One of Africa’s smallest countries, The Gambia relies on tourism dollars from its coastal resorts to keep its economy afloat. It has few natural resources and many economic challenges that affect children, youth and women the most. ChildFund works in the west coast region, where most of the population lives below the poverty line.
ChildFund has served children in the Gambia since 1984. Help make a difference and sponsor a child in The Gambia today.
Ages 0 – 5: Healthy and Secure
The Gambia has a high under-5 mortality rate: 74 children per 1,000 live births. To improve infants’ health, ChildFund and our local partner organizations take several approaches, including providing families with nutritious, locally available grains, vegetables and seeds; training birth attendants and health workers in monitoring young children’s growth; and opening early childhood development centers in 32 communities. We also worked with ECD facilitators and mothers to help them create safe toys out of recycled and other locally available materials.
Age 6-14: Educated and Confident
ChildFund’s programs for school-aged children in The Gambia focus on education, health, psychosocial support and children’s rights. We train teachers on better classroom management and experiential learning, and ChildFund provides schools with desks, learning materials and other resources. Children have better access to healthcare and learn about personal hygiene and preventing disease, and we organize events around children’s rights and social advocacy, including Day of the African Child and International Children’s Day. In 2015, ChildFund introduced a social and financial education program in 18 primary schools in The Gambia.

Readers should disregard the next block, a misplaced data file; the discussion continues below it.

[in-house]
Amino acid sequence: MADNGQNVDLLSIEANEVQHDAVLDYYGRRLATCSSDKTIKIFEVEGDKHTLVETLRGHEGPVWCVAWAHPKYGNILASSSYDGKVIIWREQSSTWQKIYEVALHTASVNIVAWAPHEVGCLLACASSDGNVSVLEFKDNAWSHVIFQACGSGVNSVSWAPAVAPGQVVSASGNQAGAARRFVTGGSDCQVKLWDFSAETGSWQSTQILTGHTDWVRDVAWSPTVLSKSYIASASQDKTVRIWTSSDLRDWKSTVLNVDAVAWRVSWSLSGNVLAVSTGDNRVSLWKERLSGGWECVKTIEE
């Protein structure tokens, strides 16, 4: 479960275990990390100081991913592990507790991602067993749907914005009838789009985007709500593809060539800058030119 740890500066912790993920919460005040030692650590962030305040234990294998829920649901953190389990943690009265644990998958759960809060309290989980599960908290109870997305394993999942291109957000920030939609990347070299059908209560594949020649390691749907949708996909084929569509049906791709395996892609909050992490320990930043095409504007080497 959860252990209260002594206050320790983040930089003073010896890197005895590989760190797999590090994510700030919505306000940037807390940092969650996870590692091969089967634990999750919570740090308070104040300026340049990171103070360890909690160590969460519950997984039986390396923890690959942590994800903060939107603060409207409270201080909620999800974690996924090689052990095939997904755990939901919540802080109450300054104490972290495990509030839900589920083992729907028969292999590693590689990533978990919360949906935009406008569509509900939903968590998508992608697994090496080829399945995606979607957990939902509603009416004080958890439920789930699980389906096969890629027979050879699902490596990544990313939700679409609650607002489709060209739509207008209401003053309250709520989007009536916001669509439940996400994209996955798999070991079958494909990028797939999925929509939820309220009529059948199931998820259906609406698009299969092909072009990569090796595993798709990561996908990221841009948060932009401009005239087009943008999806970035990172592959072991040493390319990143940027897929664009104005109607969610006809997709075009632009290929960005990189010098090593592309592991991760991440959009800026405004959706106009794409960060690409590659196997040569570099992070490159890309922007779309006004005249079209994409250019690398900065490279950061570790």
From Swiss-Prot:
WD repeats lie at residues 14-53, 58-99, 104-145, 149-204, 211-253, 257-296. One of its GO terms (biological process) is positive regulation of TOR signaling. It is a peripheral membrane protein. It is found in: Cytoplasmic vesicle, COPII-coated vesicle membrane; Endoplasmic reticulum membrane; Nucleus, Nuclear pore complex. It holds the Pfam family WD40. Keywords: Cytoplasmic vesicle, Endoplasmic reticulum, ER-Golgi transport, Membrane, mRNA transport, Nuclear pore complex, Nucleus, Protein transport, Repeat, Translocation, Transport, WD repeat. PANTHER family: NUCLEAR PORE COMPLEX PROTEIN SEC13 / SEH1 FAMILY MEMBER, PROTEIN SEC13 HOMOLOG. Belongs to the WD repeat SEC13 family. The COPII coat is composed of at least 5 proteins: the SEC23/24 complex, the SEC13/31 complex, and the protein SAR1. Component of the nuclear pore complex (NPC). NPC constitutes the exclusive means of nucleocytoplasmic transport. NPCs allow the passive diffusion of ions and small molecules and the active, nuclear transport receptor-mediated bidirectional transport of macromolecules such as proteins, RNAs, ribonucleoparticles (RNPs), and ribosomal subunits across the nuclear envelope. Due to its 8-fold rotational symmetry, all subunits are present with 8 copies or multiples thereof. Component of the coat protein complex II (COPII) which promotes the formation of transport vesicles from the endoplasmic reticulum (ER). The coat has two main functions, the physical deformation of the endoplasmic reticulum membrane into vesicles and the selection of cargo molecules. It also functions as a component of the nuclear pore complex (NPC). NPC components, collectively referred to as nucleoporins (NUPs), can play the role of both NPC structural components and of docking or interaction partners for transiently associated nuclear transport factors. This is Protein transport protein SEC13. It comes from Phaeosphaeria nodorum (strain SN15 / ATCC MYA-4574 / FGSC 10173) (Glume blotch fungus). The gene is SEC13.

Age 15-24: Skilled and Involved
For teens and young adults, ChildFund offers support in the areas of entrepreneurship, leadership, advocacy and healthcare. Livelihood training has two components: one to train youth in basic business skills and organizational development, and the second to expose them to different economic opportunities. The second program is targeted for young men and women who have dropped out of school. In 2015, we trained more than 600 young adults, using both approaches. We also have provided training in agricultural careers through a cooperative garden started by 22 youth, and a group of young women started their own tailoring business after gaining entrepreneurial skills.
In our Leadership and Advocacy Program, young people form community groups and make their voices heard at meetings of local boards and other decision-making bodies. In the arena of health, teens learn about reproductive and sexual health rights and responsibilities, including early marriage and motherhood, gender-based violence and other important issues.